I have been called a lot of things in these fifty years on the good old planet Earth, but the thing I believe I am the most is lucky. I have always looked at life as a voyage, mostly wonderful, sometimes frightening. In my family and friends I have discovered treasure more valuable than gold. I have seen and done things that I read about as a kid. I have dodged many storms and bounced across the bottom on occasion, but so far Lady Luck and the stars by which I steer have kept me off the rocks. I have paid attention when I had to and have made more right tacks than wrong ones to end up at this moment--with a thousand ports of call behind me and, I hope, a thousand more to see. My voyage was never a well-conceived plan, nor will it ever be. I have made it up as I went along.

The Fifty-Year Reality Check

A List of Things to Do by Fifty

Learn to play the guitar or the piano
Learn to cook
Play tennis
Learn another language
Surf
Read
Take flying lessons
Travel
Swim with dolphins
Start therapy
Go to New Orleans and Paris
Learn celestial navigation (or at least how to find the planets in your solar system)
Go to the library
Floss

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4.7 out of 54.7 out of 5
480 global ratings

Top reviews from the United States

Tim W
3.0 out of 5 starsVerified Purchase
Great if you''re a parrothead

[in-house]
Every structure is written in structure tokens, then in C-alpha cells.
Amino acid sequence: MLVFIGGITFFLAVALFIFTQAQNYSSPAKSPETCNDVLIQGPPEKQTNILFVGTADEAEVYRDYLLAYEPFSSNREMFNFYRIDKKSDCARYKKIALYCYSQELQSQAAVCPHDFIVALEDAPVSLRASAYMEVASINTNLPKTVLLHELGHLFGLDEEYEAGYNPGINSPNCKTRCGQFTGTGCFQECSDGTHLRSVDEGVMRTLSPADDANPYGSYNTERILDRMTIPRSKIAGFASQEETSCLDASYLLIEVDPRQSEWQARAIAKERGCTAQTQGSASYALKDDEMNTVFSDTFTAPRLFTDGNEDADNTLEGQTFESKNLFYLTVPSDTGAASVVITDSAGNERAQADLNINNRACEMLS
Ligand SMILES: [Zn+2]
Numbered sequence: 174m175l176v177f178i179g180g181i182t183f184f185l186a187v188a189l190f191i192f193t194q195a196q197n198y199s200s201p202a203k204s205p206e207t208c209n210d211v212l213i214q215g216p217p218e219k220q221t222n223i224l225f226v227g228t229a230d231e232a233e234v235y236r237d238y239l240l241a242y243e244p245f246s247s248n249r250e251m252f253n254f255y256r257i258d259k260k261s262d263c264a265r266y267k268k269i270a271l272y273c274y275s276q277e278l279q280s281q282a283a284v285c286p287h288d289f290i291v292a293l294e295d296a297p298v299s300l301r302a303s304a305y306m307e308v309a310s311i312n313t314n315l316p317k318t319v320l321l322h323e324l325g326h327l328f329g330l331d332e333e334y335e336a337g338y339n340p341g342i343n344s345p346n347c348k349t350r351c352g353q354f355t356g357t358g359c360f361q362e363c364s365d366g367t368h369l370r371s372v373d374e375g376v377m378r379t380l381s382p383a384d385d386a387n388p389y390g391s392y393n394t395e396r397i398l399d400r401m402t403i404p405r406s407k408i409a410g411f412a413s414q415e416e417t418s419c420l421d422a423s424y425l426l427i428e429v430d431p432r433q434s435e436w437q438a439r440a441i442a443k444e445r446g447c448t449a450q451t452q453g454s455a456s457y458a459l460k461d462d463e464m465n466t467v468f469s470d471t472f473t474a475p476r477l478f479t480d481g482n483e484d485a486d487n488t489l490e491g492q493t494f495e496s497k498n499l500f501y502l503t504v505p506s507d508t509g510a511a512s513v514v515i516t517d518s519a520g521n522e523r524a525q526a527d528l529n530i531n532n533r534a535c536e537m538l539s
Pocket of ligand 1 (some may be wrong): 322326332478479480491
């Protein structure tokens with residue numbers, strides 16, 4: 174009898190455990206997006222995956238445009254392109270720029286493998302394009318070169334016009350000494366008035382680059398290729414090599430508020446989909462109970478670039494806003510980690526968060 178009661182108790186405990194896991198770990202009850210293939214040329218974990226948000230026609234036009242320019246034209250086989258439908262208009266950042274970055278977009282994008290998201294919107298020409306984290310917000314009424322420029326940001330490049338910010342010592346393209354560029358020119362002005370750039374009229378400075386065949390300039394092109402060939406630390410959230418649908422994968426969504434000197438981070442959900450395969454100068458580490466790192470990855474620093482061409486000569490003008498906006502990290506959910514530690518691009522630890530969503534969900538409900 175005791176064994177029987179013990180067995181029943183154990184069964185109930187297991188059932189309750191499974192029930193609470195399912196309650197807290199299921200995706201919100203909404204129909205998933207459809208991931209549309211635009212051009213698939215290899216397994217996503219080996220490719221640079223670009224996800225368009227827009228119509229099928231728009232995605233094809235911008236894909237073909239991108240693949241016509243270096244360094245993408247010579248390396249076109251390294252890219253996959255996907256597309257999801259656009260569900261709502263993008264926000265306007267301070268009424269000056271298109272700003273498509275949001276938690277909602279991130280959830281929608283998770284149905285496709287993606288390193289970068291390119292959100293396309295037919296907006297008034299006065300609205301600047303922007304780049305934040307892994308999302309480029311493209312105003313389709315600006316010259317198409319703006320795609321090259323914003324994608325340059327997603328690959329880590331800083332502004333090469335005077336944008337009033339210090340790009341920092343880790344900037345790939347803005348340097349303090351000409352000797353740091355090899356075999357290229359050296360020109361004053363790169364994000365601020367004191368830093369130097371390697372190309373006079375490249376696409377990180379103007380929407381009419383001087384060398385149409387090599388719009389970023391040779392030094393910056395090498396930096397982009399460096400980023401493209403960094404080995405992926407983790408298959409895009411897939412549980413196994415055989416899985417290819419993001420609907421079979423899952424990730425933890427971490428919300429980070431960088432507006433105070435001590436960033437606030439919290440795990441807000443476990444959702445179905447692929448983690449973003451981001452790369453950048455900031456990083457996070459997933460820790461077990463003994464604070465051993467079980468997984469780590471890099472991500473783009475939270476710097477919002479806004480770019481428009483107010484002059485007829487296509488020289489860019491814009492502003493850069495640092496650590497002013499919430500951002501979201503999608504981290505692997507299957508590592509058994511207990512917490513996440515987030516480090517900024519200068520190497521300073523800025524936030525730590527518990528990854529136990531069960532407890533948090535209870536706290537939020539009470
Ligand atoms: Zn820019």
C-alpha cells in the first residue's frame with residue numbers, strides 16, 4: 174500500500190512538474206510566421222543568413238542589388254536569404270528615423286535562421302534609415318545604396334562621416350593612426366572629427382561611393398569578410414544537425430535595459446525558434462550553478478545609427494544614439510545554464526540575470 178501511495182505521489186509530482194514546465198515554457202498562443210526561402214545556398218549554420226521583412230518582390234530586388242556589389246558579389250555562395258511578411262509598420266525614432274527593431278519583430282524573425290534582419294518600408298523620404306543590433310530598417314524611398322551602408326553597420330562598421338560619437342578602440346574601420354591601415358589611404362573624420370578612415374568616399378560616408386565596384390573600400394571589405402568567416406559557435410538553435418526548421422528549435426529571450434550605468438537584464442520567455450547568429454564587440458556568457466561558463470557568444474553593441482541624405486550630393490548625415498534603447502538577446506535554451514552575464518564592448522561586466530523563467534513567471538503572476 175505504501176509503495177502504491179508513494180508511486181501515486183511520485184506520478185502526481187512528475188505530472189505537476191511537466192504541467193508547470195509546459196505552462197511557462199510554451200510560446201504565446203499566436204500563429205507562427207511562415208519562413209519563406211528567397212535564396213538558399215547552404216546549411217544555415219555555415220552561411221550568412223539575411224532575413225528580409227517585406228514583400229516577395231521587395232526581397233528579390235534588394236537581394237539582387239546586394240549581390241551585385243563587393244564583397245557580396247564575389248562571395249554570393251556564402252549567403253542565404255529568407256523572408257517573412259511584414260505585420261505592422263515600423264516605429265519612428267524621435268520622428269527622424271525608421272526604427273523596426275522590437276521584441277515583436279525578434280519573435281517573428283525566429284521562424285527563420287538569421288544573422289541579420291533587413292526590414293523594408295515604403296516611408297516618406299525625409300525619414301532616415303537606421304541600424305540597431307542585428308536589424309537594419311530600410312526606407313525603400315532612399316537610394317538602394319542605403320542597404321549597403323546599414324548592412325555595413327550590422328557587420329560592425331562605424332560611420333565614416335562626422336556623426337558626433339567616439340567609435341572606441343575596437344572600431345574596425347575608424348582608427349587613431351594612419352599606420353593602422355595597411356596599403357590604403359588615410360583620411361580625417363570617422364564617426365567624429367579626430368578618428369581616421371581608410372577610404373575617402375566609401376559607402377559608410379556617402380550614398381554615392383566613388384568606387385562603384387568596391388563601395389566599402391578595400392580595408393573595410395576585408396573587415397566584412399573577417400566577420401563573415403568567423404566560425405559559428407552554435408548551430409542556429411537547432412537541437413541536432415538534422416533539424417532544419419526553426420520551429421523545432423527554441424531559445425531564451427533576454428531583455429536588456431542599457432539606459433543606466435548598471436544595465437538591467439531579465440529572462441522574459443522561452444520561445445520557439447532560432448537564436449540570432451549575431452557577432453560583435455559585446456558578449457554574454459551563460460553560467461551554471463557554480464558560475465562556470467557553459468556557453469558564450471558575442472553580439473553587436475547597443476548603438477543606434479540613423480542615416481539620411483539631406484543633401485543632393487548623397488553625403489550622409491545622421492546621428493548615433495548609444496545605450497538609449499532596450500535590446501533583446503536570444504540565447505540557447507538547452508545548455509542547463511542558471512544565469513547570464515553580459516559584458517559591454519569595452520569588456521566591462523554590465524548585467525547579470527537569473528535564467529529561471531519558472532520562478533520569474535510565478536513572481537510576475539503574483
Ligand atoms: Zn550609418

Reviewed in the United States on September 5, 2011
This is a book about what Jimmy Buffett, his family and entourage did for his 50th birthday (Dec 25, 1996). It''s kind of like a 400+ page blog -- but before blogs existed, so he wrote yet another NY Times bestseller. On the whole, I don''t understand the one-star... See more
This is a book about what Jimmy Buffett, his family and entourage did for his 50th birthday (Dec 25, 1996). It''s kind of like a 400+ page blog -- but before blogs existed, so he wrote yet another NY Times bestseller.

On the whole, I don''t understand the one-star reviews. I think some of these "parrotheads" were caught by surprise at how wealthy they''ve made Mr. Buffett, because this dude is RICH. I mean, c''mon, this birthday getaway included two planes (his own Grumman Albatross -- for him, his guy pals, his young son and all the stuff in both entourages -- and his other plane -- a Cessna Citation II jet for his wife, daughters and her pals). Their trip itinerary covered Costa Rica, Colombia, Manaus, Brazil (the heart of the Amazon), Trinidad & Tobago, the Grenadines (Bequia, St. Vincent, Grenada), St. Barts, the Bahamas and back home. 3 weeks in paradise, flying around, fishing and partying. He didn''t surf all that much, I was sorry to hear. He mused that this was the "first time in ten years we haven''t spent Christmas in Aspen." Oh yeah, included in the entourage were his pilots, personal assistants, etc.

So much of the book was taken up with the day-to-day goings-on with their trip. For the most part, Buffett family vacations seem to be separate-but-equal affairs as Jimmy revealed that he and his wife have different ideas about transportation, people to hang with, things to do, etc -- thus he and wife came together for some things, but most of the time it seemed Jimmy was trying to get in some surfing and fishing and hang with his kids.

He says he''s "not a deep thinker," but all you have to do is listen to some of his ballads and you know that''s a lie. In this book, he reveals some interesting facts about his life growing up, how he and his late father strongly disagreed on the arc of his life and how it came about that he became a musician. There were some moments when he let his hair down (as it were) and he discussed how he and his Dad healed their relationship -- and how he tried to keep close to him as his condition worsened with Alzheimer''s.